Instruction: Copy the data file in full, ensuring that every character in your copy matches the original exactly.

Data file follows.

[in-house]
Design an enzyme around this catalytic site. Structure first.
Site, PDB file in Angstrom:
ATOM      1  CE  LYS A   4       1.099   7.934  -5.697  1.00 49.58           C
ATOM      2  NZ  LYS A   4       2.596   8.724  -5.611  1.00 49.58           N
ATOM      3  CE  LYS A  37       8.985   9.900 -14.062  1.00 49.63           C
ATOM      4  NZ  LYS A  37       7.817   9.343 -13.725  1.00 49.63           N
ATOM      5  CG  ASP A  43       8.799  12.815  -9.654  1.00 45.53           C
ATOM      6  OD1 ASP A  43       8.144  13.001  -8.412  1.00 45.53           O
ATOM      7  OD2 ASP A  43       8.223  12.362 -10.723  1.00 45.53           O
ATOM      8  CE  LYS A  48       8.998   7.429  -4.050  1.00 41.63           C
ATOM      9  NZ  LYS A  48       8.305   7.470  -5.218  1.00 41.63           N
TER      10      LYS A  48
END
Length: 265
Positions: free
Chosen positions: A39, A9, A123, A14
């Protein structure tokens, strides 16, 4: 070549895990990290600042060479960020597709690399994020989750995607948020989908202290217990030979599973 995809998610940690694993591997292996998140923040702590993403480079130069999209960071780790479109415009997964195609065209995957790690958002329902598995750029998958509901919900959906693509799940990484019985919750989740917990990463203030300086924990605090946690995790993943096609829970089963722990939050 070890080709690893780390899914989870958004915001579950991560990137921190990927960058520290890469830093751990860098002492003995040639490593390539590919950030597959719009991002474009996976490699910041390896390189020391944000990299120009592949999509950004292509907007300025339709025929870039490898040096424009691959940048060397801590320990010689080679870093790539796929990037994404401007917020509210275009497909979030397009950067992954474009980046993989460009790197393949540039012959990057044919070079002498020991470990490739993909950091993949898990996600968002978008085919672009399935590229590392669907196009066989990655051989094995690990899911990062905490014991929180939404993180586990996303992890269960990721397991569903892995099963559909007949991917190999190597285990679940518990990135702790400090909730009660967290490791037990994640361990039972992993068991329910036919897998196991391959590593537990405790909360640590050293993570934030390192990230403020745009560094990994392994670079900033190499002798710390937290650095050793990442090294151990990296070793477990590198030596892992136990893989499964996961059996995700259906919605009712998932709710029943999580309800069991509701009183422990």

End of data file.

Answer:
[in-house]
Design an enzyme around this catalytic site. Structure first.
Site, PDB file in Angstrom:
ATOM      1  CE  LYS A   4       1.099   7.934  -5.697  1.00 49.58           C
ATOM      2  NZ  LYS A   4       2.596   8.724  -5.611  1.00 49.58           N
ATOM      3  CE  LYS A  37       8.985   9.900 -14.062  1.00 49.63           C
ATOM      4  NZ  LYS A  37       7.817   9.343 -13.725  1.00 49.63           N
ATOM      5  CG  ASP A  43       8.799  12.815  -9.654  1.00 45.53           C
ATOM      6  OD1 ASP A  43       8.144  13.001  -8.412  1.00 45.53           O
ATOM      7  OD2 ASP A  43       8.223  12.362 -10.723  1.00 45.53           O
ATOM      8  CE  LYS A  48       8.998   7.429  -4.050  1.00 41.63           C
ATOM      9  NZ  LYS A  48       8.305   7.470  -5.218  1.00 41.63           N
TER      10      LYS A  48
END
Length: 265
Positions: free
Chosen positions: A39, A9, A123, A14
């Protein structure tokens, strides 16, 4: 070549895990990290600042060479960020597709690399994020989750995607948020989908202290217990030979599973 995809998610940690694993591997292996998140923040702590993403480079130069999209960071780790479109415009997964195609065209995957790690958002329902598995750029998958509901919900959906693509799940990484019985919750989740917990990463203030300086924990605090946690995790993943096609829970089963722990939050 070890080709690893780390899914989870958004915001579950991560990137921190990927960058520290890469830093751990860098002492003995040639490593390539590919950030597959719009991002474009996976490699910041390896390189020391944000990299120009592949999509950004292509907007300025339709025929870039490898040096424009691959940048060397801590320990010689080679870093790539796929990037994404401007917020509210275009497909979030397009950067992954474009980046993989460009790197393949540039012959990057044919070079002498020991470990490739993909950091993949898990996600968002978008085919672009399935590229590392669907196009066989990655051989094995690990899911990062905490014991929180939404993180586990996303992890269960990721397991569903892995099963559909007949991917190999190597285990679940518990990135702790400090909730009660967290490791037990994640361990039972992993068991329910036919897998196991391959590593537990405790909360640590050293993570934030390192990230403020745009560094990994392994670079900033190499002798710390937290650095050793990442090294151990990296070793477990590198030596892992136990893989499964996961059996995700259906919605009712998932709710029943999580309800069991509701009183422990």